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  1. #1

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    Homemade Sistan equivalent

    I, cheap guy that I be, am looking for a formula and other information regarding home preparation of a Sistan equivalent. I already realize that the principal ingredient is potassium thiocyanate. Here are my questions.

    Formula for mixing.
    concentrate usage.
    amount of time in the bath
    the amount of coverage for a given amount of bath will process.

    It should be easy to discern what I know about this chemistry...virtually nothing.

    All I am trying to do is to produce prints with an enhanced LE. The prints will be subjected to a 2 baths of hardening fixer, hypo eliminator..not hypo clearing agent, 1:40 selenium toning. I realize that there is a school of thought that says that some residual hypo is good for the print in terms of resistance to air pollution. What is not stated is what amount of hypo should be left in the print and a technique to measure it that one may apply with confidence at home. I am neither taking issue with the accuracy of these statements nor am I trying to pick a quarrel who process in a different manner..different strokes for different folks. I believe a hardened print may have some benefits in terms of abrasion resistence or the application of pressure to the face of the print. I realize that hardening will reduce washing efficiency..hence the use of hypo eliminator and make spotting more difficult...nothing is quite as satisfactory as a print that does not require spotting. I also realize that I could enhance print LE though the use of heavy sulphide toning whose print colors I ordinarily dislike for my own work...I like slightly cool to neutral print colors. So, it seems to me that a Sistan like solution may be helpful.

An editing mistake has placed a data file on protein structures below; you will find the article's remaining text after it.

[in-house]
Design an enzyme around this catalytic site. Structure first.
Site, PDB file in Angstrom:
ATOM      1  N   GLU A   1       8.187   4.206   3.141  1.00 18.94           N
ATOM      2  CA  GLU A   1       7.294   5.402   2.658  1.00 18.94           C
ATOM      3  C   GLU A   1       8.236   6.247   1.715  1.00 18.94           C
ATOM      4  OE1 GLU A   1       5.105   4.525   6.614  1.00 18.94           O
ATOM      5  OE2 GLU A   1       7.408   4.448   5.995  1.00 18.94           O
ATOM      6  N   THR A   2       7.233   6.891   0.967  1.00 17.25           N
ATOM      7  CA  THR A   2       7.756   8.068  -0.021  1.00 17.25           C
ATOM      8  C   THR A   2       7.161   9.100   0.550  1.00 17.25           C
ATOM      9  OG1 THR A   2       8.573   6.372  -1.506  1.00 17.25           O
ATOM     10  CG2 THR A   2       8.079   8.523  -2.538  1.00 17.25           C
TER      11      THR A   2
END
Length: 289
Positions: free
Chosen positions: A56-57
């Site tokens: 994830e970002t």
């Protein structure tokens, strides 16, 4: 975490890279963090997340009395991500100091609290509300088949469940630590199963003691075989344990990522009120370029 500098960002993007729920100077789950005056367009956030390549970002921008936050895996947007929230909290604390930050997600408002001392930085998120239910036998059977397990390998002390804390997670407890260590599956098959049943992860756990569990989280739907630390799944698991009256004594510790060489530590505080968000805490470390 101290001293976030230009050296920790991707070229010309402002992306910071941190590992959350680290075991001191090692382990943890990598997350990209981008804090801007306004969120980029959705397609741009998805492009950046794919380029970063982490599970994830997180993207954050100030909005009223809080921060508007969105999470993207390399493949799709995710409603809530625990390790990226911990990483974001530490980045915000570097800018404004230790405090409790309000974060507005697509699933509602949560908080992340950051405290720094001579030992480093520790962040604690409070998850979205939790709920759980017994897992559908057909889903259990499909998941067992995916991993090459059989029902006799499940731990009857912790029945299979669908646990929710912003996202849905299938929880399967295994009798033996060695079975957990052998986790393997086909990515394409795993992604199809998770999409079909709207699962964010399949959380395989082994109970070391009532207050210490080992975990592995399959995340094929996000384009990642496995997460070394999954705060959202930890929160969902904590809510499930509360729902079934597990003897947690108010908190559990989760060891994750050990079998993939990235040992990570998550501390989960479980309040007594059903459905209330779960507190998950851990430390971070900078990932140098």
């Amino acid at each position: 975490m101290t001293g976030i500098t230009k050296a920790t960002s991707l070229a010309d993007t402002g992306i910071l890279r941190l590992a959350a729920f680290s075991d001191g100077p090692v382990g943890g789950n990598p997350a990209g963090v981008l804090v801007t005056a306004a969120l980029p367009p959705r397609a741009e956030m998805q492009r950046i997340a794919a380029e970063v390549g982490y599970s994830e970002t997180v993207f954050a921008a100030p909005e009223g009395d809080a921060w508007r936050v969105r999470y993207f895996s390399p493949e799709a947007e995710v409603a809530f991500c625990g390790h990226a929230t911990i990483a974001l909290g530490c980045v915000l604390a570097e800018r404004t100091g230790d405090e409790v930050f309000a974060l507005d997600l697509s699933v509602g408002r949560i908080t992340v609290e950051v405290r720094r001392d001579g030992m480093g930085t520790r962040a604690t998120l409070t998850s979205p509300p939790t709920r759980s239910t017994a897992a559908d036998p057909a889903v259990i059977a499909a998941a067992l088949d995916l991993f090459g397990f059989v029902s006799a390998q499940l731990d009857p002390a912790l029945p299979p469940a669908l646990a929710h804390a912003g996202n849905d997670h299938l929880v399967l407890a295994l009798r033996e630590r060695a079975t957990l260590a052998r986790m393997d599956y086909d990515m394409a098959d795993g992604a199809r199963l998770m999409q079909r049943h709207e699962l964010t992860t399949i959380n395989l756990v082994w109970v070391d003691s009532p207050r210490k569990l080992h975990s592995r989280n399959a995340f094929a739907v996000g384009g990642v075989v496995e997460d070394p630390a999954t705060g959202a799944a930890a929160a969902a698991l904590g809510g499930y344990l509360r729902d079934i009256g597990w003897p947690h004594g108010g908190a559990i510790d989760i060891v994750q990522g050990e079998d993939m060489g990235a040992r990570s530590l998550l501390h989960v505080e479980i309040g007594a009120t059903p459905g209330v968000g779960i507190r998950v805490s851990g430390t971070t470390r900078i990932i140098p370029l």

Claire (Ms Anne Thrope is in the darkroom)

  2. #2
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    I apologise for being slightly off-topic, but is hardening something that works on prints too ? I had the impression (think I read it somewhere) that hardeners only work on film and on FB prints they are useless... They are substances that harden the gelatin layer of the film, no ? Would hardening the gelatin layer of FB paper be useful ? Is the gelatin layer of FB paper made in the same way as the film's is? If it works (hardening the gelatin), wouldn't it make it harder to wash the hypo off the emulsion ?

    If you want to apply the "small amount of residual hypo" method of print conservation, then you can use the "hypo spray", a device that allows you to re-introduce a bit of hypo on a thoroughly washed and dried print. You just put your print on a flat surface, then spray it using the specially-made spray can from a distance of 10 inches. The amount of hypo introduced is scientifically proven to preserve your print from future acid air pollution. My company will be happy to supply you with any number of "hypo spray" cans you need at a special introductory discount price.

    Moderators, feel free to delete my post. I know, I am a pathetic compulsive liar...

  3. #3

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    I know that replying in a serious manner to a known liar who is noted for being a good for nothing son of a bitch is not effort that is well directed.

    Yes, hardening works on prints.
    Claire (Ms Anne Thrope is in the darkroom)

  4. #4

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    The MSDS for Sistan lists:

    Potassium thiocyanate CAS 333-20-0 15 - 20%
    Triton 2000 CAS 9002-93-1 5 - 10%

    Triton 2000 is also called Triton X-100 and is available from http://www.chemistrystore.com

    Should be easy to mix this up. I would use 175 g of potassium thiocyanate (the average) and 50 ml of the wetting agent Triton X-100. Dilute this 1:40 for the bath.

    I would add the X-100 first as it is very viscous and hard to dissolve and then add the thiocyanate which is very easy to dissolve.